Once you have identified the right banker for your business you will need to do extensive due diligence on the franchise you wish to acquire so you can demonstrate to the bank that you understand the business and its potential. On a personal level, the bank will want to know about your background, previous experience running businesses, especially prior experience in retail, future goals for the business and the business’s current financial position. It’s all about creating the foundations for a positive, long-term relationship with the bank, ensuring the bank understands who you are and that you also understand the bank’s expectations.

Most importantly, the bank will want to see a well-articulated, thorough business plan that shows the bank that considerable time and forethought has gone into making the decision to become part of the franchise system. With retail franchises, the business plan should include:

  • a full description of the business to be acquired, including what the business does, how it will be operated and how it will be staffed
  • full financial information, ideally going back two years (if the business has been in existence that long)
  • how the new operator intends to increase sales and revenue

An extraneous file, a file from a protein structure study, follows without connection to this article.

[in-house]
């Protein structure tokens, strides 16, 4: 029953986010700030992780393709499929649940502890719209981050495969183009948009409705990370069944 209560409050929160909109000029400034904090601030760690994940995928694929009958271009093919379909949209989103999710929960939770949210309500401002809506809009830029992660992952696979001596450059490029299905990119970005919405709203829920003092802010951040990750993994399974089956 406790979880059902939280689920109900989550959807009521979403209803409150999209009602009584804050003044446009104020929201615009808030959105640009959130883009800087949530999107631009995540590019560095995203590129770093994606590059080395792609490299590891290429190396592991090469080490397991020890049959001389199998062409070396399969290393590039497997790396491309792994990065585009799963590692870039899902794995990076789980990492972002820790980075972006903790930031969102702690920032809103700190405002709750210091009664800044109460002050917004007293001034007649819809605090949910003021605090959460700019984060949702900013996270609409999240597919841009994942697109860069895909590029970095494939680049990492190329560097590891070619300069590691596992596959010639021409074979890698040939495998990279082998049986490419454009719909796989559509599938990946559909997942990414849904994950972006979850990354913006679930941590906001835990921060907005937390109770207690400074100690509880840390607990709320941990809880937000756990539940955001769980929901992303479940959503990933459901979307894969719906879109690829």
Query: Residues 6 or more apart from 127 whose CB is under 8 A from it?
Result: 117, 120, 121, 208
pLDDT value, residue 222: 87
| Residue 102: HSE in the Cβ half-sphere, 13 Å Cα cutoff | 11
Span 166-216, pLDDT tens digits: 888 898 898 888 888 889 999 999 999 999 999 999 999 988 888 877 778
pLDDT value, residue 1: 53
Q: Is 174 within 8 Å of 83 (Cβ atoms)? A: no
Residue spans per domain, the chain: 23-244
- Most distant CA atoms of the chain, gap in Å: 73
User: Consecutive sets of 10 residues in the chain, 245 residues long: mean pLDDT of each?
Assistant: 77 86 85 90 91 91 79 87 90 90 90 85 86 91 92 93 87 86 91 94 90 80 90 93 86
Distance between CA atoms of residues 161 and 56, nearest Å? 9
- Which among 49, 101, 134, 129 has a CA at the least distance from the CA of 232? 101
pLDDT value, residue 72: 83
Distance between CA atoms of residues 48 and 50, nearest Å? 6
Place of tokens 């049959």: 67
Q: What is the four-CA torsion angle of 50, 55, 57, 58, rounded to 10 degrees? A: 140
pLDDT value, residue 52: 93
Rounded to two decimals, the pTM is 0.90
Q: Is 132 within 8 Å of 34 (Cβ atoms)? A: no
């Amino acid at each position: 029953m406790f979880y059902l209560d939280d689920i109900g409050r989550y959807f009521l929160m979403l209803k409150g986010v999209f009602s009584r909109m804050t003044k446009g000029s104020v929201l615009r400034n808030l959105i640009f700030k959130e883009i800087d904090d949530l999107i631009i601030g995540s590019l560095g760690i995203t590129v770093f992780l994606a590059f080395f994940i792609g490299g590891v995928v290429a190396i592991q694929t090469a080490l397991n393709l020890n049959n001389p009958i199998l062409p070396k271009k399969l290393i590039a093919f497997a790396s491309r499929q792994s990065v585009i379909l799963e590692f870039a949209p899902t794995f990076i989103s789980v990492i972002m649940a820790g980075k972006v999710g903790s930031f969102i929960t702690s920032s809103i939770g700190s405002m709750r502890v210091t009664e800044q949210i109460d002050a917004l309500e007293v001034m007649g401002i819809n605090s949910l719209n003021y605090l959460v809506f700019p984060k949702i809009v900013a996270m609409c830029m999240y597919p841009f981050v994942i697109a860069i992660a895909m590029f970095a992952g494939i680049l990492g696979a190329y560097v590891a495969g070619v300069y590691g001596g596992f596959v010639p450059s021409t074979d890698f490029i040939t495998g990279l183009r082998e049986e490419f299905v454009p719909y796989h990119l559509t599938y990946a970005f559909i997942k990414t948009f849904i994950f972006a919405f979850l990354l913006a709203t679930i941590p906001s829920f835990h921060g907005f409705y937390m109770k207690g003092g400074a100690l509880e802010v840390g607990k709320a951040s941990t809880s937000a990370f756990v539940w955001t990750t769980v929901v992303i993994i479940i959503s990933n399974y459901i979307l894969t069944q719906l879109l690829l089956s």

• a full marketing plan for the business
  • initiatives to make the business more efficient and increase margins
  • local demographics, including competitor businesses in the area, the number of people that live in the area, average income levels and likely foot traffic
  • any immediate capital expenditure required post-purchase

This last point is especially important; there’s no point underfunding the business by not being upfront about how much money will be required once the business changes hands.

Often, the business will need immediate expenditure on plant and equipment, for example if the front counter needs updating or if a new coffee machine is required. It’s a mistake not to account for these expenses in the initial loan application.